Beloved Machine

How do people communicate with their cars? The BUDD-e, Volkswagen’s concept study vehicle, hopes to provide completely new answers. A member of the BUDD-e team, HMI developer Dr. Astrid Kassner, explains how this came about.

Over 30 years after American TV shows dreamed up cars that communicated with humans and found destinations on autopilot, many voice control and driver assistance systems are available features in the latest generations of vehicles. And self-driving vehicles are being tested across America.

Take the Volkswagen BUDD-e, a concept vehicle presented at the Consumer Electronics Show (CES) in Las Vegas. The BUDD-e concept vehicle features a concept version of VW’s Car-Net® App-Connect that could help enable BUDD-e drivers and passengers to operate many smart home functions via the touchscreen interface in the vehicle, including checking the heating system in their homes and verifying if the house door is locked.

One of the most exciting aspects as we move forward with connected cars is the human-machine interface, or HMI. As users, we can benefit when our cars acquire more features. But some questions still remain. Won’t things become too complicated at some point? And how are we to operate such complex vehicles while still maintaining focus on the roads?

In simple terms, the job of Kassner’s team is to answer these questions and work to ensure that future drivers and passengers can interact with the cars of the future as effortlessly and intuitively as they do with smartphones.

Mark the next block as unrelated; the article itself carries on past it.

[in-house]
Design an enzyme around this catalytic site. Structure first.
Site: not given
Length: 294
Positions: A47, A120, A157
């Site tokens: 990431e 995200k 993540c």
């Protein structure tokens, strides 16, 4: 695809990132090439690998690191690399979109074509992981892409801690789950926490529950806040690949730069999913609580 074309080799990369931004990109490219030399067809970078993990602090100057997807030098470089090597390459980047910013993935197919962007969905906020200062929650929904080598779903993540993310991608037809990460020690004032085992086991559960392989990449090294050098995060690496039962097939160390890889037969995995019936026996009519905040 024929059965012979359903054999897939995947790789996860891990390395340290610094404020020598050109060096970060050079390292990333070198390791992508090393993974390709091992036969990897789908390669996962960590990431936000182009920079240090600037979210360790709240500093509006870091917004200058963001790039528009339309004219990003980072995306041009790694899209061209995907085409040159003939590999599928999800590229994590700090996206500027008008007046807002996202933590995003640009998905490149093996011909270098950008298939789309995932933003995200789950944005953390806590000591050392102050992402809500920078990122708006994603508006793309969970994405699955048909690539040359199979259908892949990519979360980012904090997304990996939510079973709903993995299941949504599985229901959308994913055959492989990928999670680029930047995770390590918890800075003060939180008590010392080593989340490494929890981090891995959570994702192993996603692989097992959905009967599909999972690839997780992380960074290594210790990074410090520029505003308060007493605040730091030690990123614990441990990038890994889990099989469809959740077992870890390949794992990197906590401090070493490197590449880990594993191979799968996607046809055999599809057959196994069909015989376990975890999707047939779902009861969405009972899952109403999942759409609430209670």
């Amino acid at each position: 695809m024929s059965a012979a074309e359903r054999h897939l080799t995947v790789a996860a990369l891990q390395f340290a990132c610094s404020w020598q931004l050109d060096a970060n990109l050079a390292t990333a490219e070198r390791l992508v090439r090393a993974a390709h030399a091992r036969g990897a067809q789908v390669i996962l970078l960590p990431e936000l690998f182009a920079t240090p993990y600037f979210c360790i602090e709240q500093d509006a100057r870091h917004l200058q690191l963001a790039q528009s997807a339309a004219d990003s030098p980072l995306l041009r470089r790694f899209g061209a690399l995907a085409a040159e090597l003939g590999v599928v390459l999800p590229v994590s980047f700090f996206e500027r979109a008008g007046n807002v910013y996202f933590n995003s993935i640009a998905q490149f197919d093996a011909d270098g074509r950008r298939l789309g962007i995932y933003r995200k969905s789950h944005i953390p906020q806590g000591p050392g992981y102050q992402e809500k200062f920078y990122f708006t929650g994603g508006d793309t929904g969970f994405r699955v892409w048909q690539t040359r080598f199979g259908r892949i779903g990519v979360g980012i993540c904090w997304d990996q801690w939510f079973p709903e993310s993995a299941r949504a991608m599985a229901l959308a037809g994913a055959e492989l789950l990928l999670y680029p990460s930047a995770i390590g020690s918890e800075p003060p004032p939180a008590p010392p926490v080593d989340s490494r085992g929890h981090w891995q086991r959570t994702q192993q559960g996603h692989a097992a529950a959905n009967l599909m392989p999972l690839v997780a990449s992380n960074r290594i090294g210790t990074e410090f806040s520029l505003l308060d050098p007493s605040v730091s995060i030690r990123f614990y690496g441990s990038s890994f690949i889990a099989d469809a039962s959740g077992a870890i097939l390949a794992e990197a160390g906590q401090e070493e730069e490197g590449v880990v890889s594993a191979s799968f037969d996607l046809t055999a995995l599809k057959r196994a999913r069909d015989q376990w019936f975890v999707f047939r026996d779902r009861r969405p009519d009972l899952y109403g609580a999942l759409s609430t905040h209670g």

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Kassner started working on the BUDD-e project in the Electronics Department of Volkswagen AG in 2015. The challenge for the approximately 40-member development team was to create a concept car that embodied Volkswagen’s vision of the automotive future in both technological and emotional terms—in time for the CES in early 2016. Something that not only had a long range on fully electric power, but also a high level of connectivity and digital comfort on board.

Inside the BUDD-e, the instrument cluster (including the speedometer and fuel gauge), the adjustment lever for the steering wheel, and the infotainment system used to represent strictly defined and separate worlds. But in the BUDD-e, they have been brought together onto three digital driver displays. And back-seat passengers also have their own interactive features.

“Early in the concept phase we kept putting people into the simulator and giving them tasks such as tuning the radio to a certain station,” says Kassner. Her core team had nine members who used learnings from these simulations to continuously educate designers and hardware and software engineers.

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After the CES show, the BUDD-e team continued its work. Individual components of the BUDD-e’s sensational HMI will not be ready for series production for several more years. By then the team anticipates it will have developed its ideas even further.

“With all of these visions for the future, there’s one thing you can’t lose sight of,” says Kassner. “The technology must never be allowed to intimidate the driver. The car should not only be easy to operate—but also fun.”

In the future, the relationship between car and driver will probably become closer than we can imagine today. But then again, 20 years ago, no one ever thought we’d be taking our phones to bed.